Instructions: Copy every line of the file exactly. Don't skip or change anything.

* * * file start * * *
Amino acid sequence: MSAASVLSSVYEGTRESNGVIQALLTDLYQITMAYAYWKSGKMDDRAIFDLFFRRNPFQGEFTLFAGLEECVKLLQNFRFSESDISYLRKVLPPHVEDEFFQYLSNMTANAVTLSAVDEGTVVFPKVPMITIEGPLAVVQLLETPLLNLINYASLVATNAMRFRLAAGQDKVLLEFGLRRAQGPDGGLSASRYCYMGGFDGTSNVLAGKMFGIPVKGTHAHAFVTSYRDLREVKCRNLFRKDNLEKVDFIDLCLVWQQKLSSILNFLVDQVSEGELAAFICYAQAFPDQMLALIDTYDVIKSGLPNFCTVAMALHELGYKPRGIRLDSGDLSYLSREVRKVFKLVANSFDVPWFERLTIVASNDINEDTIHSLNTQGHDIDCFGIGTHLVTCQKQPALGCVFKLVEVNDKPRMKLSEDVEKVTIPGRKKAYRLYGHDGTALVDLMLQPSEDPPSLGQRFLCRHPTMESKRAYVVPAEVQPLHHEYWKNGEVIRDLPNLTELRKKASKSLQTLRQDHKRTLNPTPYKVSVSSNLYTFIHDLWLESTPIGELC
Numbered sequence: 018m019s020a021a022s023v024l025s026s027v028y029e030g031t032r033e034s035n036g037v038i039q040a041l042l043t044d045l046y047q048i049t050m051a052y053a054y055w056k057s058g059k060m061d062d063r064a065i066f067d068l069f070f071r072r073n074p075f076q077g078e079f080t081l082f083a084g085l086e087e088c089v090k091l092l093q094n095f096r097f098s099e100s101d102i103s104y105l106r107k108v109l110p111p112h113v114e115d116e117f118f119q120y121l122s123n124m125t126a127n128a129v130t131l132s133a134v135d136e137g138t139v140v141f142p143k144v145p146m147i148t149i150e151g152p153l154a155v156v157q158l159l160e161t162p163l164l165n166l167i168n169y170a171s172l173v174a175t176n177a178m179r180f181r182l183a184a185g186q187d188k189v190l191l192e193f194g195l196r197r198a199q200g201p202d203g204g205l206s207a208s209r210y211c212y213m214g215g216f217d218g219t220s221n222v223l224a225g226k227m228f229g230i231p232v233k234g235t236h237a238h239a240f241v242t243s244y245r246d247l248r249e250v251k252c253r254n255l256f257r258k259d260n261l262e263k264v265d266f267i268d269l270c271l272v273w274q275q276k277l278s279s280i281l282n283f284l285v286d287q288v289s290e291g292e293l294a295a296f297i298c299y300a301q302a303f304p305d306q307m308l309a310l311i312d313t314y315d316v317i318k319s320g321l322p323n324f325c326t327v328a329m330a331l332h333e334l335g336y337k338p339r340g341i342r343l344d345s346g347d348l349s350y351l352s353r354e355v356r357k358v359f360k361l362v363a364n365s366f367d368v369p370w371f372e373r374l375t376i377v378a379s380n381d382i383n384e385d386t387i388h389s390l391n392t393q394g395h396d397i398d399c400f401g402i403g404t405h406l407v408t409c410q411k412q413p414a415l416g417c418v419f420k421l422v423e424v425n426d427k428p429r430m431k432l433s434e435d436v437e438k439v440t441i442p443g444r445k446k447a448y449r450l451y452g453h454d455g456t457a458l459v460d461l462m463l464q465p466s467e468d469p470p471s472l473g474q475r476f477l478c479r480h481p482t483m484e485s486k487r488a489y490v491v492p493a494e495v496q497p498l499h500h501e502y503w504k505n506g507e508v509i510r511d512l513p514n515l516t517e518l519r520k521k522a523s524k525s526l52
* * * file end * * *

Amino acid sequence: MSAASVLSSVYEGTRESNGVIQALLTDLYQITMAYAYWKSGKMDDRAIFDLFFRRNPFQGEFTLFAGLEECVKLLQNFRFSESDISYLRKVLPPHVEDEFFQYLSNMTANAVTLSAVDEGTVVFPKVPMITIEGPLAVVQLLETPLLNLINYASLVATNAMRFRLAAGQDKVLLEFGLRRAQGPDGGLSASRYCYMGGFDGTSNVLAGKMFGIPVKGTHAHAFVTSYRDLREVKCRNLFRKDNLEKVDFIDLCLVWQQKLSSILNFLVDQVSEGELAAFICYAQAFPDQMLALIDTYDVIKSGLPNFCTVAMALHELGYKPRGIRLDSGDLSYLSREVRKVFKLVANSFDVPWFERLTIVASNDINEDTIHSLNTQGHDIDCFGIGTHLVTCQKQPALGCVFKLVEVNDKPRMKLSEDVEKVTIPGRKKAYRLYGHDGTALVDLMLQPSEDPPSLGQRFLCRHPTMESKRAYVVPAEVQPLHHEYWKNGEVIRDLPNLTELRKKASKSLQTLRQDHKRTLNPTPYKVSVSSNLYTFIHDLWLESTPIGELC
Numbered sequence: 018m019s020a021a022s023v024l025s026s027v028y029e030g031t032r033e034s035n036g037v038i039q040a041l042l043t044d045l046y047q048i049t050m051a052y053a054y055w056k057s058g059k060m061d062d063r064a065i066f067d068l069f070f071r072r073n074p075f076q077g078e079f080t081l082f083a084g085l086e087e088c089v090k091l092l093q094n095f096r097f098s099e100s101d102i103s104y105l106r107k108v109l110p111p112h113v114e115d116e117f118f119q120y121l122s123n124m125t126a127n128a129v130t131l132s133a134v135d136e137g138t139v140v141f142p143k144v145p146m147i148t149i150e151g152p153l154a155v156v157q158l159l160e161t162p163l164l165n166l167i168n169y170a171s172l173v174a175t176n177a178m179r180f181r182l183a184a185g186q187d188k189v190l191l192e193f194g195l196r197r198a199q200g201p202d203g204g205l206s207a208s209r210y211c212y213m214g215g216f217d218g219t220s221n222v223l224a225g226k227m228f229g230i231p232v233k234g235t236h237a238h239a240f241v242t243s244y245r246d247l248r249e250v251k252c253r254n255l256f257r258k259d260n261l262e263k264v265d266f267i268d269l270c271l272v273w274q275q276k277l278s279s280i281l282n283f284l285v286d287q288v289s290e291g292e293l294a295a296f297i298c299y300a301q302a303f304p305d306q307m308l309a310l311i312d313t314y315d316v317i318k319s320g321l322p323n324f325c326t327v328a329m330a331l332h333e334l335g336y337k338p339r340g341i342r343l344d345s346g347d348l349s350y351l352s353r354e355v356r357k358v359f360k361l362v363a364n365s366f367d368v369p370w371f372e373r374l375t376i377v378a379s380n381d382i383n384e385d386t387i388h389s390l391n392t393q394g395h396d397i398d399c400f401g402i403g404t405h406l407v408t409c410q411k412q413p414a415l416g417c418v419f420k421l422v423e424v425n426d427k428p429r430m431k432l433s434e435d436v437e438k439v440t441i442p443g444r445k446k447a448y449r450l451y452g453h454d455g456t457a458l459v460d461l462m463l464q465p466s467e468d469p470p471s472l473g474q475r476f477l478c479r480h481p482t483m484e485s486k487r488a489y490v491v492p493a494e495v496q497p498l499h500h501e502y503w504k505n506g507e508v509i510r511d512l513p514n515l516t517e518l519r520k521k522a523s524k525s526l52